Wednesday, March 13, 2019

The Other Convergence Zone

Much of western Washington was dry today, but there was one exception:  a band of persistent precipitation extending southeastward from near Victoria towards Snohomish County(see radar images this morning around 6-7 AM)



As a result, there has been heavy rain in some parts of Snohomish County and over the NE portion of the Olympic Peninsula.

This is a topographically produced rainband resulting from  the interaction of the atmospheric flow off of the Pacific and our local terrain.   More technically, a topographicaly produced convergence zone.

Many of you are familiar with another convergence zone:  the Puget Sound Convergence Zone, which is produced by air deflected around the Olympic Mountains and then converging somewhere over Puget Sound.  As the air converges at low levels, air is forced to rise, producing clouds and precipitation.


But today we observed something else.   Air moves around the mountains of Vancouver Island (see figure) and then converged southeast of Victoria.   As in the Puget Sound convergence zone, converging low-level air produced upward motion and thus clouds and precipitation.


You could see the air streams converging southeast of Victoria in the observations at 6AM


This Vancouver Island convergence zone is apparent several times of year, particularly in the spring after frontal passages.  Another fascinating local weather effect of our region.  And another reason to watch the radar before planning any recreation.

9 comments:

  1. Yes!
    I have always wondered about that convergence zone! Living on the Quimper Penninsula, some of our heaviest rains have occurred, when no apparent storm is and sight and the distant skies are bright, while while we get a deluge.

    Bet that Vancouver island convergence zone is partially responsible for the precipitation difference between Sequim and Port Townsend.

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  2. last month's snowfall really exposed the variation in convergence zone,(s), because everyone was focused on the snow and roads. The same thing happens with rain but we just cuss instead of watching the local news folks driving around. Speaking of that, it is fascinating to me to watch guys riding shotgun talking about the roads; and how every few miles you have completely variant road and snow depth. Yes mostly due to elevation, but as today's blog shows, it can be from many factors. Air moving around the topography -valleys and hills and wind direction makes all the difference. Can you imagine living in south dakota, or anywhere flat, where you pretty much know what is coming well in advance? Cliff's blog would be a broken record!!

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  3. This is off subject.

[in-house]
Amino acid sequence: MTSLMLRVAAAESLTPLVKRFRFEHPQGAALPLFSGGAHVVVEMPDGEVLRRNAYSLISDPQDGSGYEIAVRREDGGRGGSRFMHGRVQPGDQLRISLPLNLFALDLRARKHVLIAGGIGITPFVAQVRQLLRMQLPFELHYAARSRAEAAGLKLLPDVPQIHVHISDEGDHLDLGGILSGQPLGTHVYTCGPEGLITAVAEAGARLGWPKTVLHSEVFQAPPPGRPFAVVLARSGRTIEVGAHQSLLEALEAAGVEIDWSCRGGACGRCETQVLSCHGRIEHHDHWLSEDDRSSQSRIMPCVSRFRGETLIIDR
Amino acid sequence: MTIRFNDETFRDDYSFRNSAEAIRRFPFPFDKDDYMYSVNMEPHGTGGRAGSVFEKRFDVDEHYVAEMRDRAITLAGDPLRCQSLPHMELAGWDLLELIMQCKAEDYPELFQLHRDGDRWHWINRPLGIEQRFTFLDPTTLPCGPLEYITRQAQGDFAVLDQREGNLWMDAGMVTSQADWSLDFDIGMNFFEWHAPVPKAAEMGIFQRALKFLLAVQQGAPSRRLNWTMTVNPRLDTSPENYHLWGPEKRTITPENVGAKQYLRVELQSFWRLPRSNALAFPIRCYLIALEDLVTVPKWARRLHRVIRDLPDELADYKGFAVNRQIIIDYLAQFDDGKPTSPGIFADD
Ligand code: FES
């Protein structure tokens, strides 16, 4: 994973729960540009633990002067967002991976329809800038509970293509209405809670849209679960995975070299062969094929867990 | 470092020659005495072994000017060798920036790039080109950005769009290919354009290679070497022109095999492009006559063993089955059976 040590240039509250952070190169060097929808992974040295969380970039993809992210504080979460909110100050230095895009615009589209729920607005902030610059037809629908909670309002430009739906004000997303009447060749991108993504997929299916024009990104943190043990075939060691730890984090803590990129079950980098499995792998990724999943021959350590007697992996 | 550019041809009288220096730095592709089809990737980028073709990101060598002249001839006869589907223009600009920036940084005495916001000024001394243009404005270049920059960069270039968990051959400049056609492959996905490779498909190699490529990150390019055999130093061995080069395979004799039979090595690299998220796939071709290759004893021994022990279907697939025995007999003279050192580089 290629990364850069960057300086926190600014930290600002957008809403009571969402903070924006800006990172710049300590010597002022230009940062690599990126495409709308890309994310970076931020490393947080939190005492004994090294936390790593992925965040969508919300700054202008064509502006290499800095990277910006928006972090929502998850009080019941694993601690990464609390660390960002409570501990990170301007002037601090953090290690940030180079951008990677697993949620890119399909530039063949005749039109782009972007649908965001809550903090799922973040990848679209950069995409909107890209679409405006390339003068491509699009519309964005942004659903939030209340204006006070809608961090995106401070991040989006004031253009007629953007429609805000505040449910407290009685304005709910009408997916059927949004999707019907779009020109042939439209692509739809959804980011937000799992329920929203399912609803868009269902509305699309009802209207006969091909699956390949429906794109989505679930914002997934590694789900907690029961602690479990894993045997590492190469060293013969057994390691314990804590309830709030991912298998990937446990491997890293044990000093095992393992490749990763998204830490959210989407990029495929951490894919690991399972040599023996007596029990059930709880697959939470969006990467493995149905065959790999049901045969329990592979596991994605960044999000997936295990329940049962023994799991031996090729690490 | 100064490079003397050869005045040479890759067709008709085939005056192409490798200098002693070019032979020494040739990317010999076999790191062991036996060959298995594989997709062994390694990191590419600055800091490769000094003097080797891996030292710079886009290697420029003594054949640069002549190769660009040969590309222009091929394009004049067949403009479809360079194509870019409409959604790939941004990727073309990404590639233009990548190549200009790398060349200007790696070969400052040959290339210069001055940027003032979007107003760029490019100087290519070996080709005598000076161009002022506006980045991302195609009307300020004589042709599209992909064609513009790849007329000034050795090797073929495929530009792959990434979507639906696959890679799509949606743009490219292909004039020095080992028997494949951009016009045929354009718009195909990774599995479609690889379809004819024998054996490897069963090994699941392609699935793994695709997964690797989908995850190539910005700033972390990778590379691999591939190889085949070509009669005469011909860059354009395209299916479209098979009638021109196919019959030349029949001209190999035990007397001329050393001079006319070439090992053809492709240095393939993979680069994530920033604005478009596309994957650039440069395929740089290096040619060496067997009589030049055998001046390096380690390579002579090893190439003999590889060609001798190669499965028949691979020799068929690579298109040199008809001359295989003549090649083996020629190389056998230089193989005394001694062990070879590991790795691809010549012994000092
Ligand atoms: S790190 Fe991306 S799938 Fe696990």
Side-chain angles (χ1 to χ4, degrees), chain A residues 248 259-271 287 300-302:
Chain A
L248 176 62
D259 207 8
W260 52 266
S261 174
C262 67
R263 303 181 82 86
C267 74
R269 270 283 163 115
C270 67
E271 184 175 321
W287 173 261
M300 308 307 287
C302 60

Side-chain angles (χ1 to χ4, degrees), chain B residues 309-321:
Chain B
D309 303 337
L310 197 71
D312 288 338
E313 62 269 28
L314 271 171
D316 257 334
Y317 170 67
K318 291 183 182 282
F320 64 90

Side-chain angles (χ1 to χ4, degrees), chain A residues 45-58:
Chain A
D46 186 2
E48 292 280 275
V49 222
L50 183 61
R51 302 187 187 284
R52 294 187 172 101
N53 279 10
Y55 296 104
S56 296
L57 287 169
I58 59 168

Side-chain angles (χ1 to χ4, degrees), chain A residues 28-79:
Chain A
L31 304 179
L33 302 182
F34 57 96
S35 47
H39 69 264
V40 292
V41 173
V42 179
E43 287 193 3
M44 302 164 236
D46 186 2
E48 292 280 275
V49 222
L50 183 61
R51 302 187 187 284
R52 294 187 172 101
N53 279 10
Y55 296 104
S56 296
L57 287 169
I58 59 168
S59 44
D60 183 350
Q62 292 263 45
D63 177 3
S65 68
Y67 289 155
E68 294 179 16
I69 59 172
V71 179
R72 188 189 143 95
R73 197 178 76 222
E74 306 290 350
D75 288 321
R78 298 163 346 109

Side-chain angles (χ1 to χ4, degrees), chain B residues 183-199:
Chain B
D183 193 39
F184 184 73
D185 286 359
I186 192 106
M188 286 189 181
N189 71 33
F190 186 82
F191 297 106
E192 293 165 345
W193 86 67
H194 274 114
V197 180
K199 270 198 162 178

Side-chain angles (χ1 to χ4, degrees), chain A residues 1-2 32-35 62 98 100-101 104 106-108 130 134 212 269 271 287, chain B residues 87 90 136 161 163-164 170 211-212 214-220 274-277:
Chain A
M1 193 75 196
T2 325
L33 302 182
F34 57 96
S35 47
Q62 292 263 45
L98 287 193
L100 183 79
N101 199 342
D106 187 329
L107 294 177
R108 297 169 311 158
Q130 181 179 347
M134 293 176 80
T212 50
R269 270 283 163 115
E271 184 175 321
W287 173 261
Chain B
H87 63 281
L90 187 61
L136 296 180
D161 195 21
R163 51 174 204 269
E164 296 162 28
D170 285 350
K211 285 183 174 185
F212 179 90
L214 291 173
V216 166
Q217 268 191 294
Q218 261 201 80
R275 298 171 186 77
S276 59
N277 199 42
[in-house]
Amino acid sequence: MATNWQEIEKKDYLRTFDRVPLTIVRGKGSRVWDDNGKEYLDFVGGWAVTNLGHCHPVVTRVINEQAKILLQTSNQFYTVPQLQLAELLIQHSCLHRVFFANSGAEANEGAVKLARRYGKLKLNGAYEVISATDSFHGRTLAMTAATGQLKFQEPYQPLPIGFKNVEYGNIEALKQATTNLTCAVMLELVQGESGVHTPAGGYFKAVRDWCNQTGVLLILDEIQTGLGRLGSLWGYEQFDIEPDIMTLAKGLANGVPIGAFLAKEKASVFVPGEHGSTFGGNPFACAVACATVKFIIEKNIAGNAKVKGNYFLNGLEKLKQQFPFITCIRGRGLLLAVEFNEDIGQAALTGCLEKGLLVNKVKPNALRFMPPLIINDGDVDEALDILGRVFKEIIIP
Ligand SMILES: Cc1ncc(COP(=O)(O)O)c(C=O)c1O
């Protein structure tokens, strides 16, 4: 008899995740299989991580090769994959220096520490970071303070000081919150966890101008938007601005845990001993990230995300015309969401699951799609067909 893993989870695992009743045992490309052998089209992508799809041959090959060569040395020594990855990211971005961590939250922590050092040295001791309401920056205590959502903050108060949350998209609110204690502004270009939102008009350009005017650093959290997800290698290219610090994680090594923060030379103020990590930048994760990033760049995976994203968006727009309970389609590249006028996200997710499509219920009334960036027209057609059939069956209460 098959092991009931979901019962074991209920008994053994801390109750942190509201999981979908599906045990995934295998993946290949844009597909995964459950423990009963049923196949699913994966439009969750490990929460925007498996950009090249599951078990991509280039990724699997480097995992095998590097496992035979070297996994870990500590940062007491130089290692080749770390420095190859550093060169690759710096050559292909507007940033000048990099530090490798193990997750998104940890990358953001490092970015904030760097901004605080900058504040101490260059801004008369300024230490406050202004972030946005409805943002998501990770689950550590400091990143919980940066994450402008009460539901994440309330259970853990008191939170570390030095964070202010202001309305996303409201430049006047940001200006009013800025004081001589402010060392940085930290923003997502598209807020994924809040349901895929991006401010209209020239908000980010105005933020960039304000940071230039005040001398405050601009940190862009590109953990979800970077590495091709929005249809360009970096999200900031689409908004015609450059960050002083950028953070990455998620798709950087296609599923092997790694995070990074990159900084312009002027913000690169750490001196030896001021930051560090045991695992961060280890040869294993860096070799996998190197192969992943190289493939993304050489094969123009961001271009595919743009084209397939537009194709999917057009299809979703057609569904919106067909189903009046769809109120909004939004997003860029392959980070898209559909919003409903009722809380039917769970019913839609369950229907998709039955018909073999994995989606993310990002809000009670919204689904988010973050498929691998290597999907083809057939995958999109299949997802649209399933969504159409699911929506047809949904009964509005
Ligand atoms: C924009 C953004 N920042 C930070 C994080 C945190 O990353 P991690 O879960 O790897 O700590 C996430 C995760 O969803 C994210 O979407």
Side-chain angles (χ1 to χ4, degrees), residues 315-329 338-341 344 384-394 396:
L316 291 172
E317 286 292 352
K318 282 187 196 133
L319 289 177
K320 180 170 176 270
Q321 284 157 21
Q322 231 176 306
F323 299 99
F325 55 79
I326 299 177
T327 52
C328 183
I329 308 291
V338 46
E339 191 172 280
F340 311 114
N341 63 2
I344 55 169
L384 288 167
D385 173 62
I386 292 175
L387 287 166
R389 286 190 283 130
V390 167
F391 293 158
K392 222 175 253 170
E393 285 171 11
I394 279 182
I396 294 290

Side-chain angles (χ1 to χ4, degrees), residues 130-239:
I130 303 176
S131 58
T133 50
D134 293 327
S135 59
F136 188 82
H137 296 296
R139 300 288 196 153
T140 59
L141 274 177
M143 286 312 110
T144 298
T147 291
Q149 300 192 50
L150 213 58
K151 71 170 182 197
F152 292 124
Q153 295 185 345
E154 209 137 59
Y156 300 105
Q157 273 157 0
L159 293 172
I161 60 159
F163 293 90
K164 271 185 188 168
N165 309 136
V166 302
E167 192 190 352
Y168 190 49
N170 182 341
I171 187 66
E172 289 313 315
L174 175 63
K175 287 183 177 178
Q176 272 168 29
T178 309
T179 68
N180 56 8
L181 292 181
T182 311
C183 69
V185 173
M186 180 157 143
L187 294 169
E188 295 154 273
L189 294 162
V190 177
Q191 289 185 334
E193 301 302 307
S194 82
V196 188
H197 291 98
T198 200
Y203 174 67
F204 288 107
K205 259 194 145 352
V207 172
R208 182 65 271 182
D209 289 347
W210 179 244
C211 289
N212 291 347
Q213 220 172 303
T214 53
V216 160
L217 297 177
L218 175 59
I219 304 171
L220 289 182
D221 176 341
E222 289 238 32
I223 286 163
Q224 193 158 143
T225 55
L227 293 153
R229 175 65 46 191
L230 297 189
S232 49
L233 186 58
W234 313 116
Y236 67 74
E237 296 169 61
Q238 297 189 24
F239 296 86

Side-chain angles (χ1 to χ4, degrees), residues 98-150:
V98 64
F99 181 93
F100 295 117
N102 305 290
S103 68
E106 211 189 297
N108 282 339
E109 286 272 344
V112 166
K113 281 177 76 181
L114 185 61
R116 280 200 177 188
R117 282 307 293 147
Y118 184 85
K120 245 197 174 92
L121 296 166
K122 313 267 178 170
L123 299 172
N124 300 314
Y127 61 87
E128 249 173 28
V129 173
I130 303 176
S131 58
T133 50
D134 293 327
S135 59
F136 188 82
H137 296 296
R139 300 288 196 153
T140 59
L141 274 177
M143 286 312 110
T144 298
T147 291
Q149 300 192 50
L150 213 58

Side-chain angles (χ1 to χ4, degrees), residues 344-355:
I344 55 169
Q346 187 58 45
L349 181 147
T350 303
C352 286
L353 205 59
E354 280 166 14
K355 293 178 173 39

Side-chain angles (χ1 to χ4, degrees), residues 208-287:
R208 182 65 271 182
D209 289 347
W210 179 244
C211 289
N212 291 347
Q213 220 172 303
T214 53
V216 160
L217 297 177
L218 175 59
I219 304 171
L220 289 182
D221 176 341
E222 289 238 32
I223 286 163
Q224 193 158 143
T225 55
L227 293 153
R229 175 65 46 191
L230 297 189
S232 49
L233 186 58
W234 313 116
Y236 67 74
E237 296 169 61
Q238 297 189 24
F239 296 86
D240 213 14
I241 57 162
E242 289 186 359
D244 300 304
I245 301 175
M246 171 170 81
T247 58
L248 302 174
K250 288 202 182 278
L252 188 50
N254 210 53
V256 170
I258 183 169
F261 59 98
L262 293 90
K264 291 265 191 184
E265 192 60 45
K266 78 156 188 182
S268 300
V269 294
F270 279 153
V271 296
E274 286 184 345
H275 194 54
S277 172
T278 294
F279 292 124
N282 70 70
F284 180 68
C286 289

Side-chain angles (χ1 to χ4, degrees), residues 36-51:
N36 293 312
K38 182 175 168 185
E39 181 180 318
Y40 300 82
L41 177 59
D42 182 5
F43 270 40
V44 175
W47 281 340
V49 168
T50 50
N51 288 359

NOAA now says that the weak El Nino will extend into the summer and possibly the fall. Should this occur, what type of summer can we expect?

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  4. THIS is what happens when we mess with the chemical composition of the atmosphere and oceans and the climate system breaks down....

    severe, erratic weather....

    "Remarkable view of a deep mid latitude cyclone that depend rapidly across Colorado and Kansas earlier today. This produced blizzard conditions in places like Denver, and severe storms to the south and east of the surface low."

    20 second satellite video embedded at the link

    https://www.facebook.com/jamesspann/posts/10157164381055842

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  5. On the last image showing the SE of Vancouver Island convergence zone, what do the numbers next to the wind arrows represent? The "feathers" on the wind arrows show a wind of 10 (one long bar) while the numbers next to each arrow are around 40. In the future how should an image like this be read, numbers or arrow barbs?

    Jon

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  6. Hi Jon. The black number is the temperature, the red number is the dew point, at the time the readings are taken and recorded. And of course the wind barb points INTO the wind, ie, the direction the wind is FROM.

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  7. Convergence zones are very interesting, Cliff. Thanks for making it simple to understand!

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  8. Sahila
    THIS is what happened almost a hundred years ago, before we had significantly messed with the chemical composition of the atmosphere and oceans....

    “The path of the Tri-State Tornado was 235 miles with an average width of 3600 feet, however there were moments when the width reached over 1 mile wide.
    The Tri-State Tornado lasted for 3 1/2 hours, starting down at 1:01pm 3 miles NNW of Ellington, MO and dissipating at 4:30pm 3 miles SW of Petersburg, IN.
    Average forward speed of this tornado was 62 miles-per-hour with a record setting speed of 73 miles-per-hour at one point.
    The Tri-State Tornado was an F5 on the Fujita Scale with winds reaching near 300 miles-per-hour.
    695 deaths and 2,027 injuries are associated with the Tri-State Tornado.”

    https://www.tornadofacts.net/tri-state-tornado-facts.html

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  9. Nice blog! We experience similar cases with the Channel Islands in southern California. This especially true with post frontal thunderstorms.

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